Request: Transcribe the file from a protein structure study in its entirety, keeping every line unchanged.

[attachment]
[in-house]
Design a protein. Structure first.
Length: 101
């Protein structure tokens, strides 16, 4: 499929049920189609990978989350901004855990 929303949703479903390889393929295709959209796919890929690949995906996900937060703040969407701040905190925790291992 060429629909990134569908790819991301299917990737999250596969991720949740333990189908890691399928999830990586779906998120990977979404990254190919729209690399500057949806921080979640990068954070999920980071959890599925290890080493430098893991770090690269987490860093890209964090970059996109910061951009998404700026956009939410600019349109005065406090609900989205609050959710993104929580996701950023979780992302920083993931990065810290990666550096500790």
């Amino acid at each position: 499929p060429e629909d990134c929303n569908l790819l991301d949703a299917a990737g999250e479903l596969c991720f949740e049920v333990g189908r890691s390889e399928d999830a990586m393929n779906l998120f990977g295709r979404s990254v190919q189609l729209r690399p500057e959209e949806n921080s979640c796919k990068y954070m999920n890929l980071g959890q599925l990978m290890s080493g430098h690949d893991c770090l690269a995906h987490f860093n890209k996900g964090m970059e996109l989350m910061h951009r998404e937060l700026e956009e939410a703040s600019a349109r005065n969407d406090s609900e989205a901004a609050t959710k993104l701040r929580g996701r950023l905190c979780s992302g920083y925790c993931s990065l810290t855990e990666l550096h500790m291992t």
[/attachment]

[in-house]
Design a protein. Structure first.
Length: 101
């Protein structure tokens, strides 16, 4: 499929049920189609990978989350901004855990 929303949703479903390889393929295709959209796919890929690949995906996900937060703040969407701040905190925790291992 060429629909990134569908790819991301299917990737999250596969991720949740333990189908890691399928999830990586779906998120990977979404990254190919729209690399500057949806921080979640990068954070999920980071959890599925290890080493430098893991770090690269987490860093890209964090970059996109910061951009998404700026956009939410600019349109005065406090609900989205609050959710993104929580996701950023979780992302920083993931990065810290990666550096500790």
């Amino acid at each position: 499929p060429e629909d990134c929303n569908l790819l991301d949703a299917a990737g999250e479903l596969c991720f949740e049920v333990g189908r890691s390889e399928d999830a990586m393929n779906l998120f990977g295709r979404s990254v190919q189609l729209r690399p500057e959209e949806n921080s979640c796919k990068y954070m999920n890929l980071g959890q599925l990978m290890s080493g430098h690949d893991c770090l690269a995906h987490f860093n890209k996900g964090m970059e996109l989350m910061h951009r998404e937060l700026e956009e939410a703040s600019a349109r005065n969407d406090s609900e989205a901004a609050t959710k993104l701040r929580g996701r950023l905190c979780s992302g920083y925790c993931s990065l810290t855990e990666l550096h500790m291992t």